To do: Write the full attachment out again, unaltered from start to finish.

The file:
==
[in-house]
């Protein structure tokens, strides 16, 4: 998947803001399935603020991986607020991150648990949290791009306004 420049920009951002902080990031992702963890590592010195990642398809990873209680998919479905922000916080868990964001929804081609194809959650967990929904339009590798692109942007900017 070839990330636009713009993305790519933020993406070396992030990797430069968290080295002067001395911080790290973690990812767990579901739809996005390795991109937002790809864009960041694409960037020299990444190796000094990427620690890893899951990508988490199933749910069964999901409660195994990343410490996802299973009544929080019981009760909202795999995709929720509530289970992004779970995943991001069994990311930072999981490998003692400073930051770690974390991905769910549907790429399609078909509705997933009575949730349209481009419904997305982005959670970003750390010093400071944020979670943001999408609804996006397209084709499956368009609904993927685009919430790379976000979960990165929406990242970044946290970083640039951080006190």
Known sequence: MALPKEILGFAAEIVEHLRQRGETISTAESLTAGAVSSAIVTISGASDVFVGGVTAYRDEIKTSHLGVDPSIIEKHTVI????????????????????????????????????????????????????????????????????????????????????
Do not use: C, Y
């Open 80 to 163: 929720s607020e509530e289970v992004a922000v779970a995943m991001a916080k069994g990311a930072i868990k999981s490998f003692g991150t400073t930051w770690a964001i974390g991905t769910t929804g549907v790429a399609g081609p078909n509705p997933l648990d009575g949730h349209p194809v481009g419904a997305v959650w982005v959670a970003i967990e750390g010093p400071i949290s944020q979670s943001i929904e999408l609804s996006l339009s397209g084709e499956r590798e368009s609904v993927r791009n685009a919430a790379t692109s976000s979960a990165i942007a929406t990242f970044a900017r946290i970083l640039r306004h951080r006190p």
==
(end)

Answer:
[in-house]
């Protein structure tokens, strides 16, 4: 998947803001399935603020991986607020991150648990949290791009306004 420049920009951002902080990031992702963890590592010195990642398809990873209680998919479905922000916080868990964001929804081609194809959650967990929904339009590798692109942007900017 070839990330636009713009993305790519933020993406070396992030990797430069968290080295002067001395911080790290973690990812767990579901739809996005390795991109937002790809864009960041694409960037020299990444190796000094990427620690890893899951990508988490199933749910069964999901409660195994990343410490996802299973009544929080019981009760909202795999995709929720509530289970992004779970995943991001069994990311930072999981490998003692400073930051770690974390991905769910549907790429399609078909509705997933009575949730349209481009419904997305982005959670970003750390010093400071944020979670943001999408609804996006397209084709499956368009609904993927685009919430790379976000979960990165929406990242970044946290970083640039951080006190």
Known sequence: MALPKEILGFAAEIVEHLRQRGETISTAESLTAGAVSSAIVTISGASDVFVGGVTAYRDEIKTSHLGVDPSIIEKHTVI????????????????????????????????????????????????????????????????????????????????????
Do not use: C, Y
């Open 80 to 163: 929720s607020e509530e289970v992004a922000v779970a995943m991001a916080k069994g990311a930072i868990k999981s490998f003692g991150t400073t930051w770690a964001i974390g991905t769910t929804g549907v790429a399609g081609p078909n509705p997933l648990d009575g949730h349209p194809v481009g419904a997305v959650w982005v959670a970003i967990e750390g010093p400071i949290s944020q979670s943001i929904e999408l609804s996006l339009s397209g084709e499956r590798e368009s609904v993927r791009n685009a919430a790379t692109s976000s979960a990165i942007a929406t990242f970044a900017r946290i970083l640039r306004h951080r006190p």